The tree provided her with everything she needed—fruit for food, leaves
for clothes, branches to rest in—and good friendship. She was happy
and the tree was happy. "Don't sit under the apple tree, with anyone
else but me," she'd serenade on starlit summer nights, cradled in the
tree's gently rocking limbs. But their happiness was not to last. One dark,
day all the trees in the world died, leaving this one little tree as the
last of its kind. News spread like a plague about the sole surviving tree,
and the woman who lived as its companion. Suddenly, without warning—in
fact, right out of the blue—teeming hordes swooped down upon the happy
pair. "Alien tree invades earth!" "Who's behind this hoax?" "Hey,
lady, we'll give you a billion dollars . . ." "Did your father beat
you with apples?" they shouted and shrieked, their endless barbs and
queries shaking the tree and the woman to their very roots. And when all
had spewed out (though it's funny how they never asked the most important
question), do you think the swarming crowds went home? No! Not yet satisfied,
they desired something more. At first it was just the tiniest piece of bark
and the itsiest bitsiest little leaf . . . but later it was gouged slices
off the tree's gnarled roots and whole branches severed from the trunk. The
tried to repair the tree—for every fallen leaf or lost limb, she carefully
cut off a piece of her own body and grafted it to the tree in the hopes of
saving it. But the tree, its apples now bleached an ashen white, was dying. "Don't
sit under the apple tree with anyone else but me, with anyone else but me,
with anyone else but—" the woman sang over and over until her
voice grew hoarse—and then was lost forever. And still the angry mob
wanted more. "Last
tree, my foot—it's dead like all the rest." "Satan appeared
to me in the branches last night—it's an omen!" "Cut it down—at
least we can get something for the wood . . ." they crowed and cawed,
cameras poised like birds of prey ready to capture the tree's imminent demise.
summoning her last ounce of breath, cried out: "ENOUGH…ENOUGH… ENOUGH!"—but
no one could hear her, and in any case, they weren't listening. In fact,
no one had listened for a very long time. (The whole world, it seemed, had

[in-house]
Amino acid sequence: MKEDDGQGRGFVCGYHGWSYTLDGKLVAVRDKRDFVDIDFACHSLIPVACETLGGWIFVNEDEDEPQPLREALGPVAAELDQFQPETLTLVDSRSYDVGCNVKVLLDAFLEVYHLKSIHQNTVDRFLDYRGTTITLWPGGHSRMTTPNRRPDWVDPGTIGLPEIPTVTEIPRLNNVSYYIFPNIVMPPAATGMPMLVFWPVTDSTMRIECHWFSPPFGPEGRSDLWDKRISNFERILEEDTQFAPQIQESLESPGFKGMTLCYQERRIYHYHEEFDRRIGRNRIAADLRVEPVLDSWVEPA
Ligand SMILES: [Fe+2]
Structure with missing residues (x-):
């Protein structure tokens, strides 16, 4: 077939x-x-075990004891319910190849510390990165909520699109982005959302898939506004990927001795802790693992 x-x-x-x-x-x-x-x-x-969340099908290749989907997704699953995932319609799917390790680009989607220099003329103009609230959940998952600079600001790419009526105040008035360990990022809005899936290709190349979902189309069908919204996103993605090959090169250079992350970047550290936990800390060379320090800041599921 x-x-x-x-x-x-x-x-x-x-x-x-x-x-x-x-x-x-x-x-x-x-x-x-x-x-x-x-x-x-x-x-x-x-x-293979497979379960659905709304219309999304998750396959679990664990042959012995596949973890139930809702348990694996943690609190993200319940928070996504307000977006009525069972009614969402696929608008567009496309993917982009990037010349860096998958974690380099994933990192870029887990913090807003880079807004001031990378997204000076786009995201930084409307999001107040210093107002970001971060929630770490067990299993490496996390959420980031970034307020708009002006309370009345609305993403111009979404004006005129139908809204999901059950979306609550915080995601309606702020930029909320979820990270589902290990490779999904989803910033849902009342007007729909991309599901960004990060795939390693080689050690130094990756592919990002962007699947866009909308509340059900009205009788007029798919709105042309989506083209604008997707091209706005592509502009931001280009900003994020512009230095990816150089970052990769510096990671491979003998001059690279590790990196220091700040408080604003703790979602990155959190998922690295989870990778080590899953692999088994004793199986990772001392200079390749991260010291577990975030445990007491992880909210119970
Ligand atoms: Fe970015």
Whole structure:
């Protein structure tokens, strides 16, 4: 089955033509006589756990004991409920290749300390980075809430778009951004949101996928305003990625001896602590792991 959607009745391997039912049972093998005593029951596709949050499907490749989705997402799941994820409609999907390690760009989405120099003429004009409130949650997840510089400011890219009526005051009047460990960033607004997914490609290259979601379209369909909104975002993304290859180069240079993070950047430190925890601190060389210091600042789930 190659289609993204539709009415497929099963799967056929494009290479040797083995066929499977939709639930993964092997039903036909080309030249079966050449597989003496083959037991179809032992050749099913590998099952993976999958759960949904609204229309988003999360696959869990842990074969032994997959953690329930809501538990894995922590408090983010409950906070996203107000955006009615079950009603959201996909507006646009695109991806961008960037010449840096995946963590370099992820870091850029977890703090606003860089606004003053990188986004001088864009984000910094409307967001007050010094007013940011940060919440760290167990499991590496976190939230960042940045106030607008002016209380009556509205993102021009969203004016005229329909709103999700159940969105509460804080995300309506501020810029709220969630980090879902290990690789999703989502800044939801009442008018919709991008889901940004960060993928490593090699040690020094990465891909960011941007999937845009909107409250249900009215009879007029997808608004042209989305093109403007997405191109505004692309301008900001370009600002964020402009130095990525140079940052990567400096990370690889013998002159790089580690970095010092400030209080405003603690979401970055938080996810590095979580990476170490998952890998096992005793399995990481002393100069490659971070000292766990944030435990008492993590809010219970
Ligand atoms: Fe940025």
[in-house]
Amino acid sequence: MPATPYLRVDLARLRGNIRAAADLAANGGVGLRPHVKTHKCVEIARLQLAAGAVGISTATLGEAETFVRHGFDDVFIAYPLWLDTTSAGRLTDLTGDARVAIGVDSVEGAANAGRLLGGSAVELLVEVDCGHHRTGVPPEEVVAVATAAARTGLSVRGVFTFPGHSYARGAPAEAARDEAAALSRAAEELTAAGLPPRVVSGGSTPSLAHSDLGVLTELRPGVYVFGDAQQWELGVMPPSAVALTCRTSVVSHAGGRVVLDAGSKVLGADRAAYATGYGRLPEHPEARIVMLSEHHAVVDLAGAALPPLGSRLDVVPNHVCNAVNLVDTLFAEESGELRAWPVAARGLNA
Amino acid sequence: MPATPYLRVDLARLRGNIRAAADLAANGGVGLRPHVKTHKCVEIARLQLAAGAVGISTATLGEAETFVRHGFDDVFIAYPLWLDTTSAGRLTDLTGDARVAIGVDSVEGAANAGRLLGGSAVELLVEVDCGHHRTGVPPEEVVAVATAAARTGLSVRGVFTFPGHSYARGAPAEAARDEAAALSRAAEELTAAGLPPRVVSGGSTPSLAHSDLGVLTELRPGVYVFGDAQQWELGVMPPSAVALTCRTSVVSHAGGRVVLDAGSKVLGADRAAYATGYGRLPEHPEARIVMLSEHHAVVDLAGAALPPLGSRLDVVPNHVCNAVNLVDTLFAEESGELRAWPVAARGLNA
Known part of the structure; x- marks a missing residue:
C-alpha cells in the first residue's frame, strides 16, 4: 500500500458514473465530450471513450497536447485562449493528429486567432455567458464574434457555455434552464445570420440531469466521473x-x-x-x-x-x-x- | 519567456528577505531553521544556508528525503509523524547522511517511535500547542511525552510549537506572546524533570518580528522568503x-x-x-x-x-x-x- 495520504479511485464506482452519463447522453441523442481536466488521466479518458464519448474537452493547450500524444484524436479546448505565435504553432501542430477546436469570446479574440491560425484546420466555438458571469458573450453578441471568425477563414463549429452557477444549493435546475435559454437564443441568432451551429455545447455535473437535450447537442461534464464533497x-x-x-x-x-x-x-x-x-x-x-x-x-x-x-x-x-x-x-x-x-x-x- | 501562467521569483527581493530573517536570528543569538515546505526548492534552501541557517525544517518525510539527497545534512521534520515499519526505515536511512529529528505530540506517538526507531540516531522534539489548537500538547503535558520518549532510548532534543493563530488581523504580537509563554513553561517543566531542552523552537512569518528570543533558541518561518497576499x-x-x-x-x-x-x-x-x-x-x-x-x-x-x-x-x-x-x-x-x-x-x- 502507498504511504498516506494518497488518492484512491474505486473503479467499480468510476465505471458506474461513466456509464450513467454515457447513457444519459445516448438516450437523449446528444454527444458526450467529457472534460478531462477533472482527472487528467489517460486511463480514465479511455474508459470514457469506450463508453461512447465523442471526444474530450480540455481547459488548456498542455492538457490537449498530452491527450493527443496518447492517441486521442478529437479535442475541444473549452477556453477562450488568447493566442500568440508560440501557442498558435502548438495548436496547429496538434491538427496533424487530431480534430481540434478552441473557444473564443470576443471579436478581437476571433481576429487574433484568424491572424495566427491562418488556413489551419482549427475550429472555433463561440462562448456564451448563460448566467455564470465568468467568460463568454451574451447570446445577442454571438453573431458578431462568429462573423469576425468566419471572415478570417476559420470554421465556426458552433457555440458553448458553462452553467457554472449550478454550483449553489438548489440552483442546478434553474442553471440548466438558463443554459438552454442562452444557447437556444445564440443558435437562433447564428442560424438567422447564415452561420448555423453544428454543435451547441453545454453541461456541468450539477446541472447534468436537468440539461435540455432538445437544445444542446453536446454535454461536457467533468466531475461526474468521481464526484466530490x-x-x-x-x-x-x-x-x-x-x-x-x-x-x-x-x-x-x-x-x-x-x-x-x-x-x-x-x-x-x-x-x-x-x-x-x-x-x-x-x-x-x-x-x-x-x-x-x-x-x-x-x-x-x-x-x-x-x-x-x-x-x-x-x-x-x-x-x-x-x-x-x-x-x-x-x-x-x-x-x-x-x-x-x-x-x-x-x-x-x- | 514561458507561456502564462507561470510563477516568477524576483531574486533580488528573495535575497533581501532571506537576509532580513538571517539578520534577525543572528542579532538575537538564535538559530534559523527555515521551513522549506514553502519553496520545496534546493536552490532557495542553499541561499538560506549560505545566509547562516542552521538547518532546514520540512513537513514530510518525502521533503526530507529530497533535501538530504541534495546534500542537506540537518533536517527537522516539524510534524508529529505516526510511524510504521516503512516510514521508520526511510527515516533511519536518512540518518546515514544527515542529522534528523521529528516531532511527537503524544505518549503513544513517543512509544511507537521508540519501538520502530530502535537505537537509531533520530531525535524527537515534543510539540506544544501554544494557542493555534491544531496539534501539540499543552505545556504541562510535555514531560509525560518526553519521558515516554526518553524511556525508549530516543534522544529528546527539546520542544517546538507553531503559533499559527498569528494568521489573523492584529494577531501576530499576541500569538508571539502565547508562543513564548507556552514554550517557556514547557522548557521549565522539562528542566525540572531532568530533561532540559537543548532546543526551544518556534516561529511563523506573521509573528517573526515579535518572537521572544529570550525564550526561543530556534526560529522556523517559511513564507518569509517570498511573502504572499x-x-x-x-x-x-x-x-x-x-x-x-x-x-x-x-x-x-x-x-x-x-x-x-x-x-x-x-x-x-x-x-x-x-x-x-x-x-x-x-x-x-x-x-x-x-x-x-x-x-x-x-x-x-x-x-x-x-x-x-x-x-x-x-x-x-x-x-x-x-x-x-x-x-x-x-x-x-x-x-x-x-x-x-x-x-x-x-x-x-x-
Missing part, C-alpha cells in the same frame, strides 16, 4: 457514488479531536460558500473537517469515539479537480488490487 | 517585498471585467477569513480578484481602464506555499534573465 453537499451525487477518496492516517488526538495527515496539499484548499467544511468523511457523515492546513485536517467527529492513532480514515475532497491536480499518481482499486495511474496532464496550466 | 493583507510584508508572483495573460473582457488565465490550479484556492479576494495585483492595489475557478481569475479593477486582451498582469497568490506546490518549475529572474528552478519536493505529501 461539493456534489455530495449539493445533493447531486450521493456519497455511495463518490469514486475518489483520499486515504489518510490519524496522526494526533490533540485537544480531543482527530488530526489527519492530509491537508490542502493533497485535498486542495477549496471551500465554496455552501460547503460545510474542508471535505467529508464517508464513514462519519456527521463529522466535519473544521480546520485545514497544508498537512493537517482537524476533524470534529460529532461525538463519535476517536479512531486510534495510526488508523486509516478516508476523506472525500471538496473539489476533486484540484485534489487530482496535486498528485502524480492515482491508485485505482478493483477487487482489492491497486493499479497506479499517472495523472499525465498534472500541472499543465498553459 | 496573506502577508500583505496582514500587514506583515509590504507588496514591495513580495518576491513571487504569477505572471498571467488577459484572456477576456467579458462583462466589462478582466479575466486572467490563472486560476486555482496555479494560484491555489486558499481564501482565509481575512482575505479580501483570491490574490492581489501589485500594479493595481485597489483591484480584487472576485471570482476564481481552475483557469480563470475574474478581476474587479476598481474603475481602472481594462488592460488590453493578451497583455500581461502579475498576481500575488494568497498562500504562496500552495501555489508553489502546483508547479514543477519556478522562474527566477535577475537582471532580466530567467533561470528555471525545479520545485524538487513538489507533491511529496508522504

been struck deaf.) It was then Grandmother understood what she had to do. "I
won't let them hurt you any more," she silently vowed to her stricken
companion as she wound her naked, broken body around the tree's barren trunk.
And then quietly . . . and very tenderly . . . grandmother, in a final act
of desperation, set
MOTHER abruptly stops talking.
Go on mother . . . what happened?
Do you want the happy ending or the sad ending?
Happy, of course!
"I won't let them hurt you anymore!" grandmother silently vowed as
she wound her naked body around the tree's barren trunk. And then suddenly, mysteriously,
Grandmother cast an invisible magic shield around her and the tree and poof!
What do you think the people saw on that cold moonless night? A ring of fire
that reached up, up, up into the air! And in the morning, all that was left
were a few ashes . . . and a puff of smoke—why, it looked like a cloud
hovering in the sky.
But what happened to grandmother and the tree?
She took the tree and went to a secret place, a planet far far away she had
found in her travels. And she replanted the tree and made a new world . .
. and they lived happily ever after.
Is that where we're going?
The very place . . . the very place. So don't be afraid . . . because Grandmother's
tree is waiting for us.
Now go to sleep and dream new, beautiful dreams . . . and the next time you
wake up, perhaps one of your dreams will come true.
DAUGHTER lies down and purs her head in MOTHER's lap. MOTHER looks out.
"And the Lord God formed man of the dust of the ground,
and breathed into his nostrils the breath of life;
and man became a living soul,
And the Lord God planted a garden eastward in Eden."
MOTHER lies down. Black-out. The end.